I would like to know how to use them. Are they alike, or just two different words that can be used in the same way?

  • Perhaps none, or maybe too subtle.
    – Kris
    Jul 20, 2014 at 5:52
  • "Maybe is normally used only at the beginning of a clause. Maybe he'll be prime minister one day. I do think about having children, maybe when I'm 40. Perhaps can be used in other positions in a clause." thefreedictionary.com/maybe
    – Kris
    Jul 20, 2014 at 5:57
  • 1
    Maybe is a colloquial replacement to perhaps. On a scientific or technical paper, you should use perhaps, rather than maybe. And then on such a technical paper, you would also need to further justify your maybeness with more precision on the %age chance or degrees of freedom of the possibilities. Jul 20, 2014 at 12:34

4 Answers 4


There is, in fact, no commonly visible (as visible as words can be!) difference. Look at these circular definitions:

Maybe: Perhaps; Possibly.

Perhaps: Used to express uncertainty or possibility.

Possibly: Perhaps.

As you can see, they can all be used in the same way. However, there's a bit of a semantic and informal difference. Maybe is usually used informally, and it is derived from "it may be". It is more often used as a definite (as definite as maybe can be!) answer to a question. Example: "Can I do this?" "Maybe."

Perhaps is more formal, and is most often used to express uncertainty about an outcome or undertaking, and is more often used in response to a possibility (spoken by a second or third person) rather than a request. "Might this work?" "Perhaps."

Possibly is usually used in tandem with a possibility you yourself have said, rather than a possibility someone else has mentioned. Example: "My test could possibly fail."

TL;DR: They mean basically the same thing! You can use them interchangeably, but some work better than others in different situations.

  • I think you're right, there's no real difference, but if you look at the makeup of the words, you might argue 'maybe' refers to something in the future 'it may come to pass', while perhaps looks as if it 'might' (past tense) have happened. I guess you could make a rule out of that if you were really fastidious!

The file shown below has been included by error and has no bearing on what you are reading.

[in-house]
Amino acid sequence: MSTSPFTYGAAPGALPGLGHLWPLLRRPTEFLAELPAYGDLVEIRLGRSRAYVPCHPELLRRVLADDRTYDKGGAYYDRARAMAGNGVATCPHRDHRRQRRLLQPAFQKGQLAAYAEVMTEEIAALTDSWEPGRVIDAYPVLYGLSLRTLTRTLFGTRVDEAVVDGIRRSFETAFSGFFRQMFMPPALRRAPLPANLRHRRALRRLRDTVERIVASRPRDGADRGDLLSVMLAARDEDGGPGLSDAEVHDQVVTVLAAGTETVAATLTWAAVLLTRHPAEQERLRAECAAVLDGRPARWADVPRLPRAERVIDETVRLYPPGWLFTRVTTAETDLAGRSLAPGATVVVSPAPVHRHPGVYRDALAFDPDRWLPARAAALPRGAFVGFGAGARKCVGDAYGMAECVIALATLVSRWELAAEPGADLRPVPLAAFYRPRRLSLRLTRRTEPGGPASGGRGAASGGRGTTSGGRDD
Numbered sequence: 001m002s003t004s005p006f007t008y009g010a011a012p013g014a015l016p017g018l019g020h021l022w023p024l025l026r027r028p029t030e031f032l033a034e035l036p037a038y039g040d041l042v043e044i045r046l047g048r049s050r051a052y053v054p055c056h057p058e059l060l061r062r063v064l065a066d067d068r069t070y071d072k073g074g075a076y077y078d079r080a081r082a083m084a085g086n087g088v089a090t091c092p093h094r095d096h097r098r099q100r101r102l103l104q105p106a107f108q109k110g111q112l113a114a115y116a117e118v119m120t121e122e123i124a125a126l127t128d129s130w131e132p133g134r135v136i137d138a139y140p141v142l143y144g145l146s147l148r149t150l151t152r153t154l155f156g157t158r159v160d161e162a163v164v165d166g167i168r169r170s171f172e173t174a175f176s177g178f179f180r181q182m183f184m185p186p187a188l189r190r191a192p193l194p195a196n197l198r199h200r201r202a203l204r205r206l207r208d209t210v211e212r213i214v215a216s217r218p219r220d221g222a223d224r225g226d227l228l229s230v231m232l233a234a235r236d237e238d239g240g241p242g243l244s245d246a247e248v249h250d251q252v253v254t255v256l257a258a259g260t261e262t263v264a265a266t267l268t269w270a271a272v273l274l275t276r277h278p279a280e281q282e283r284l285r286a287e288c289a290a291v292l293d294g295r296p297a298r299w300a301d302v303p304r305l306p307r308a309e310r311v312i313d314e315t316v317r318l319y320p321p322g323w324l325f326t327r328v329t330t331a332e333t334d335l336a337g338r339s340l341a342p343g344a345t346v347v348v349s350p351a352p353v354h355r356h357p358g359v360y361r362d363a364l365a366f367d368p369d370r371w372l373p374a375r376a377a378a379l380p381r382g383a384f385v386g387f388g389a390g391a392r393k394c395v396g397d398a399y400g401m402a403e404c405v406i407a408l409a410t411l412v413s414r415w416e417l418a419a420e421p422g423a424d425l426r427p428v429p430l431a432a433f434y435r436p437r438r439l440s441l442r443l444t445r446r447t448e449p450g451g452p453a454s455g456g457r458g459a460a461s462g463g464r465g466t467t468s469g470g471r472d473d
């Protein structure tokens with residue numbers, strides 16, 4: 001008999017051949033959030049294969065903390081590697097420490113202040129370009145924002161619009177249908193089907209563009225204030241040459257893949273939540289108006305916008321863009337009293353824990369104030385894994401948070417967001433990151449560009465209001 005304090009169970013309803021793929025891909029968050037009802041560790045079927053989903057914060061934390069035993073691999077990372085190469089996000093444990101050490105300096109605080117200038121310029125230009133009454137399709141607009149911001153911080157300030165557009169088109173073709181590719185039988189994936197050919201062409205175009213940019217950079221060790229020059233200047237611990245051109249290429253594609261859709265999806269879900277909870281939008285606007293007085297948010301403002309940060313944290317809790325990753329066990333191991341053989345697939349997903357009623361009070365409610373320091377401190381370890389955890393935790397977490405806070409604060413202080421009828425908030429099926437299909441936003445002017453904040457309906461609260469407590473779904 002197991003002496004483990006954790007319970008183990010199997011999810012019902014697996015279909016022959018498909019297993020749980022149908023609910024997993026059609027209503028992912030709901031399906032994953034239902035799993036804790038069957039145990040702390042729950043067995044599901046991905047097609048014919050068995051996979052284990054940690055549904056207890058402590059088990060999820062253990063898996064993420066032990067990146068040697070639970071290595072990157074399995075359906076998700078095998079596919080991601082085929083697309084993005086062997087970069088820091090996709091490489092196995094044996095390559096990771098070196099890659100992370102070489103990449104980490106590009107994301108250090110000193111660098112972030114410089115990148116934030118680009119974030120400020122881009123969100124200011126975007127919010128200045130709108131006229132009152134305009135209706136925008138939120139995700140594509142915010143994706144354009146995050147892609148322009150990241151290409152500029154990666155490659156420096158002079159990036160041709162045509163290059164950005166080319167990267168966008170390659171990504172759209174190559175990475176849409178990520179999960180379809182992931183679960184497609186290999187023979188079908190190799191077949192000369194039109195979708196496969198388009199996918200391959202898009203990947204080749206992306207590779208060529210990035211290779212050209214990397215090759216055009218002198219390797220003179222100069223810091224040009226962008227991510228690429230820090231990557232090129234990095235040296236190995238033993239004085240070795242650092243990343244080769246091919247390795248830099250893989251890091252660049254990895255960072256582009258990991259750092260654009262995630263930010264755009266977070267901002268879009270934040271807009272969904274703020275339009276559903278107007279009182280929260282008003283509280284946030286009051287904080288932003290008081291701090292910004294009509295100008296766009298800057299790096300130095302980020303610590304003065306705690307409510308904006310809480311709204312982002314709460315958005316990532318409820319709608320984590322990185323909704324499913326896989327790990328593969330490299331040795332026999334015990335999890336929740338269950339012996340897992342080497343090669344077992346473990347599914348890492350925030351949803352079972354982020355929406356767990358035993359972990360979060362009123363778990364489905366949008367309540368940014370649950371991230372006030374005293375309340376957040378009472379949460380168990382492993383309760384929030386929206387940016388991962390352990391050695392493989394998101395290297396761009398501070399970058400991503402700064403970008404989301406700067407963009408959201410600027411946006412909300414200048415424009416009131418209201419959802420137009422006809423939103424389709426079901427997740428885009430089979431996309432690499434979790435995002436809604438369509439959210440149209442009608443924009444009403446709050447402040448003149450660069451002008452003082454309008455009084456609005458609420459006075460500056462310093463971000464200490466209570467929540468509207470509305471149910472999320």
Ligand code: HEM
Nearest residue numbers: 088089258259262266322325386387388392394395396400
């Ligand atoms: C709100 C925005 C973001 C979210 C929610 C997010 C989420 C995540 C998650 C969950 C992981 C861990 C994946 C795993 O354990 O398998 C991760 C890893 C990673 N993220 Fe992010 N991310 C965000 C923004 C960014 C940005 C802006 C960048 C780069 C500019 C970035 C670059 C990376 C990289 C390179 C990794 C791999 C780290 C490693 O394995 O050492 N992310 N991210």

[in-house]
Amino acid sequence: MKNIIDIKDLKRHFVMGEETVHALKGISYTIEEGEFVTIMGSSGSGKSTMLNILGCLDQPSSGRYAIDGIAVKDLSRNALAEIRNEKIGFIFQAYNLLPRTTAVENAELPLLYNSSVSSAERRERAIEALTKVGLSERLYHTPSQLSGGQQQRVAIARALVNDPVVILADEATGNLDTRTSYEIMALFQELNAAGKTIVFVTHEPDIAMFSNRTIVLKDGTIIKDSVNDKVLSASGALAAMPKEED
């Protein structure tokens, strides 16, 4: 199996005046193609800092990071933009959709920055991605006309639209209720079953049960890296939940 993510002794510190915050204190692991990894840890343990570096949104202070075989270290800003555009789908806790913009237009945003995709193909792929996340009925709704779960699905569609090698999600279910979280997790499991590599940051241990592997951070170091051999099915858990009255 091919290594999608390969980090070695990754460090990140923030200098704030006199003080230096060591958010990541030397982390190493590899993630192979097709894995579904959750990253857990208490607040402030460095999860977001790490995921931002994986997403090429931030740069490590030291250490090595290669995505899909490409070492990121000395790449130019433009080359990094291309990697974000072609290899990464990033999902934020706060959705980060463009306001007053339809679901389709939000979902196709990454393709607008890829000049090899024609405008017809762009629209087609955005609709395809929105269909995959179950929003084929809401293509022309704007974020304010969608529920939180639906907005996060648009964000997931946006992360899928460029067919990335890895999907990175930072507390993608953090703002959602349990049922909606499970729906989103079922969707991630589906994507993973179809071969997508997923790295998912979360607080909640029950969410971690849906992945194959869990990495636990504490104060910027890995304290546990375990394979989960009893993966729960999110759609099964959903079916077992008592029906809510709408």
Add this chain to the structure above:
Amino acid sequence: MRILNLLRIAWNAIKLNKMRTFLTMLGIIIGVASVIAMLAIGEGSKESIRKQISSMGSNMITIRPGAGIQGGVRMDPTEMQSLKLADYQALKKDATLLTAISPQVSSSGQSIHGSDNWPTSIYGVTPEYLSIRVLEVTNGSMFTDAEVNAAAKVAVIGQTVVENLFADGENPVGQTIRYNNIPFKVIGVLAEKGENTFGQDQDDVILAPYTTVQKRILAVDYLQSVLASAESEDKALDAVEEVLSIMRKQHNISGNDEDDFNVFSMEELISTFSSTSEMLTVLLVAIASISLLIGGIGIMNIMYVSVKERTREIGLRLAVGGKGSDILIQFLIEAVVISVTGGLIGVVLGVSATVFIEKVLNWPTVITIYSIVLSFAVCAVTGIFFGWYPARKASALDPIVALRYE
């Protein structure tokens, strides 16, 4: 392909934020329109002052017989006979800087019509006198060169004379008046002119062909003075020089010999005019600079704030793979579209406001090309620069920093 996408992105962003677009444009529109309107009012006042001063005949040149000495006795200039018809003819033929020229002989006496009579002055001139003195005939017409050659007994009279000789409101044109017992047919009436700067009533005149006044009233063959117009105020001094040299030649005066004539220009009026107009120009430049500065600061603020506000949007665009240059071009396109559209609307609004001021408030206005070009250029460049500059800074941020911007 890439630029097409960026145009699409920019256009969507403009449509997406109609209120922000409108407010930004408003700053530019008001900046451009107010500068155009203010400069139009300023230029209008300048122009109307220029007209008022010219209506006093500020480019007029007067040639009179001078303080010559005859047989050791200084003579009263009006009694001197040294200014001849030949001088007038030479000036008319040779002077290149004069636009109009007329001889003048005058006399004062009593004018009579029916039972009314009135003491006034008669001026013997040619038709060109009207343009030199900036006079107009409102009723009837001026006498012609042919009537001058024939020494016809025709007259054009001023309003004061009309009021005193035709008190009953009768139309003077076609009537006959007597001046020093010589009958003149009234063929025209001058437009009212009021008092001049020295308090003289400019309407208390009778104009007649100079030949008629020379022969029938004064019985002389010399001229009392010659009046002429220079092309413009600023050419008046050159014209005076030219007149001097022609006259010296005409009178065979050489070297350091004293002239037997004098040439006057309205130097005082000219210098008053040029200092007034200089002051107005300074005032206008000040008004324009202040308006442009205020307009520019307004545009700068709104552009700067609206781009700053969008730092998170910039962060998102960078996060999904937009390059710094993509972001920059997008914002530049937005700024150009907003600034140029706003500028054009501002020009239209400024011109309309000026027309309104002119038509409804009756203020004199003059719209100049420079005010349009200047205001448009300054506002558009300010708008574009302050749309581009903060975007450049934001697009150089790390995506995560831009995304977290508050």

– Pete855217
    Jul 20, 2014 at 6:37
  • You can make up a rule if it pleases you, and even use the words according to your rule. But unless you enrol other people to understand your rule, you are achieving nothing by doing so.
    – Colin Fine
    Jul 20, 2014 at 12:10
  • I agree, you could make a meaning out of that, but I should think it'd still be prudent to know how the words are usually used in everyday discussion (although you certainly don't see Perhaps and Possibly as much as maybe!). Jul 20, 2014 at 13:40

Since the "hap" in "perhaps" means something like "chance, luck, fate," as does the "hap" in "happen" and the "hap" in "happy," I guess I think of "perhaps" as having to do with what might "happen" and "maybe" as having to do with what "may be" so, i.e., already is so.


"Maybe the suitcase is in the car." (It may be the case that the suitcase is in the car.)

"Perhaps the picnic will be rained out." (Through fate -- per haps -- the picnic will be rained out.)

Whether there's historic usage in support of that distinction, I don't know.


Perhaps = per haps = through fate

Maybe = may be = it may be

  • This reminds me of the bumblebee--if it knew about aerodynamics it couldn't fly. This definition makes perfect sense, but few people are familiar with it so actual usage probably tends to ignore it. But I like your observation. +1
    – fixer1234
    Mar 1, 2017 at 16:26
  • Historically, English speakers and writers have also had the option of using mayhap (to say nothing of perchance). The fact that people couldn't maintain a clear distinction between perhaps and maybe may help explain why mayhap and perchance seem to have fallen by the wayside. Why try to juggle four words when you can't even tell two of them apart?
    – Sven Yargs
    Mar 2, 2017 at 1:24
  • I'm glad, fixer1234, that the distinction resonates with you, even if usage doesn't quite support it. That's great, Sven Yargs, that you brought up those archaisms, "mayhap" and "perchance," which do seem to have to do with what might "happen."
    – user222985
    Mar 17, 2017 at 19:22

Maybe and perhaps can be used interchangeably. "Maybe" is more in an informal context. "Perhaps" can be used both in a formal and an informal context.

To make it more clear, let's compare these 2 sentences:

  1. While writing a report: "Perhaps we will know the cost of the project by tomorrow."
  2. While talking to a friend: "Maybe I will come tomorrow."

But make sure that you use MAYBE as a single word. To make it more clear:

  1. Maybe : Meaning-> perhaps e.g: Maybe, it will stop raining soon.

  2. May be: Meaning-> possibly e.g: I got wet in the rain and I am feeling tired. May be I will catch a cold. [Here, I am pretty confident that I will catch a cold. Hence, I am using "May be"]


Another possible difference between the two (maybe and perhaps) could be orientation, maybe being more subject-oriented (particular first person singular speaker, thus it's perceived as more colloquial and established as such in usage) while perhaps is more object-oriented (used outwards, in reference to the "objective" world).

  • Are you going to the party? Maybe, if my meeting ends on time.
  • Perhaps the committee will come to a decision soon.

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